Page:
11. APIs Are King

It's important to have a good API design, not only for communication between server and client, but also for good software quality. It is also suggested that chunky is better than chatty (simply put: don't break up the API so lean that the API call needs to go back and forth quite a few times. )

The authors also recommend not relying too heavily on REST and not looking at socket.io, ZeroMQ, RabbitMQ or Erlang. And should also start setting up their own bots.

[On the contrary, I myself]. No thought., originally chunky design guidelines are surprisingly better in some situations than chatty better, That's something to learn.。 I have my own bot set up to help me with the nitty gritty of daily server maintenance。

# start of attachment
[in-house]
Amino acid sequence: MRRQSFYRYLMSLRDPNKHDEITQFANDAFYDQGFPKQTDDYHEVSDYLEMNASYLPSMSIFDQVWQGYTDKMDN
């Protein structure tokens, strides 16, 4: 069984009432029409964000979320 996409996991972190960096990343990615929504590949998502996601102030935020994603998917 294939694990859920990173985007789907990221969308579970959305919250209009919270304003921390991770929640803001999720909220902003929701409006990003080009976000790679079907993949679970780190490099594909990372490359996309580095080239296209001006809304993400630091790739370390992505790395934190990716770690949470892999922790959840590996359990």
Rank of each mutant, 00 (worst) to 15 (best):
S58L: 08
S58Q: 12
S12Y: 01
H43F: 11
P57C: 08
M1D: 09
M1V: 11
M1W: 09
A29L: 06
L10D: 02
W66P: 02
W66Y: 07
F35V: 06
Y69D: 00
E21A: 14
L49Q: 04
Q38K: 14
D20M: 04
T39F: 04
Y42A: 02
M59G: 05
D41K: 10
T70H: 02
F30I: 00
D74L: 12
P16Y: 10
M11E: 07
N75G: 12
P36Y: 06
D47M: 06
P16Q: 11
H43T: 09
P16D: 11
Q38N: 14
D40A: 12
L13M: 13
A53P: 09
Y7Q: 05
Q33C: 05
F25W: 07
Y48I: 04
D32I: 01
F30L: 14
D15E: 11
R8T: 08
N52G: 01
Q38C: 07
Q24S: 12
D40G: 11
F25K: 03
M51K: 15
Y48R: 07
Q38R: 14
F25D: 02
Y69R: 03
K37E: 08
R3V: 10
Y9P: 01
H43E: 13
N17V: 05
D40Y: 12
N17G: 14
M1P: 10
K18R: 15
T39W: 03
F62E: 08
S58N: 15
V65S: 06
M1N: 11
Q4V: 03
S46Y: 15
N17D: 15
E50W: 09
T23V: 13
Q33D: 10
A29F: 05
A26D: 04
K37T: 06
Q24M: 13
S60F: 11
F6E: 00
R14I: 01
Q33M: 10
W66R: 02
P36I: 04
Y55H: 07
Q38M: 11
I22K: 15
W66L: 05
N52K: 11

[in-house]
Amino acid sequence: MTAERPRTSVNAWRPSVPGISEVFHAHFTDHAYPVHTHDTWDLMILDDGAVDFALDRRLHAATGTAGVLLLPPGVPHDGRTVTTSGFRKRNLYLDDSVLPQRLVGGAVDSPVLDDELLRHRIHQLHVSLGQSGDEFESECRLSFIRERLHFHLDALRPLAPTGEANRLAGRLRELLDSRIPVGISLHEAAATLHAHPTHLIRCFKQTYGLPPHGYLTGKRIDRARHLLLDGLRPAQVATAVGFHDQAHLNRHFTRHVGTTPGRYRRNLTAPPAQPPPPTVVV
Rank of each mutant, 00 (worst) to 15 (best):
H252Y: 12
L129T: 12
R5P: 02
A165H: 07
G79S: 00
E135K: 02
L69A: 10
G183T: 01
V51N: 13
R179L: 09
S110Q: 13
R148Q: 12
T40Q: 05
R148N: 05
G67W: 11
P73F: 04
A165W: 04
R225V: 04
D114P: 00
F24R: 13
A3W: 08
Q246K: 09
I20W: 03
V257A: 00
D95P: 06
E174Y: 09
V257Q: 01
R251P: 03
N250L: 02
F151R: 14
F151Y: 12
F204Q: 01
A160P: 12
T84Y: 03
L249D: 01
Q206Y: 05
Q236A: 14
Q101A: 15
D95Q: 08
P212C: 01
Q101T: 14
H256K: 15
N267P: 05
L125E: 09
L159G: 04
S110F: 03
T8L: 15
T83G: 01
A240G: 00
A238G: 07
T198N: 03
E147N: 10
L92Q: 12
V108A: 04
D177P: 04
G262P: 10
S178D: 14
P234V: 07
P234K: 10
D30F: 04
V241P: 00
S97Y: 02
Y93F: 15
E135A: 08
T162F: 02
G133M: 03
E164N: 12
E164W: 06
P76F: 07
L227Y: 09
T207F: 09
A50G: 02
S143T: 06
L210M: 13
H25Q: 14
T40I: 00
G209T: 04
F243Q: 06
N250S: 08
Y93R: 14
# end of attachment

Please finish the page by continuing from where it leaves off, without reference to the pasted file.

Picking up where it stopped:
12. Fight Complexity (simplifying the complex)

Always approach everything with the KISS principle ("Keep it short and simple"), and there are a number of tools that can help you make design simple when faced with difficult or responsible tasks.

[On the contrary, I myself]. I've always thought that the more capable a person can be, The more you can explain complex things in a simple way, Or write it as a simple piece of code to implement, This is an ability we all have to keep learning。

Conclusion

"Age will never be an issue, as long as your heart keeps pushing you to keep writing code and keep making new things, you'll always be young. 」

This is the conclusion the author gives us, and he also wants us to keep a young heart and keep learning. We won't know what's coming, but he wants us all to remember those spirits and move forward with a smile.

Excerpt from inside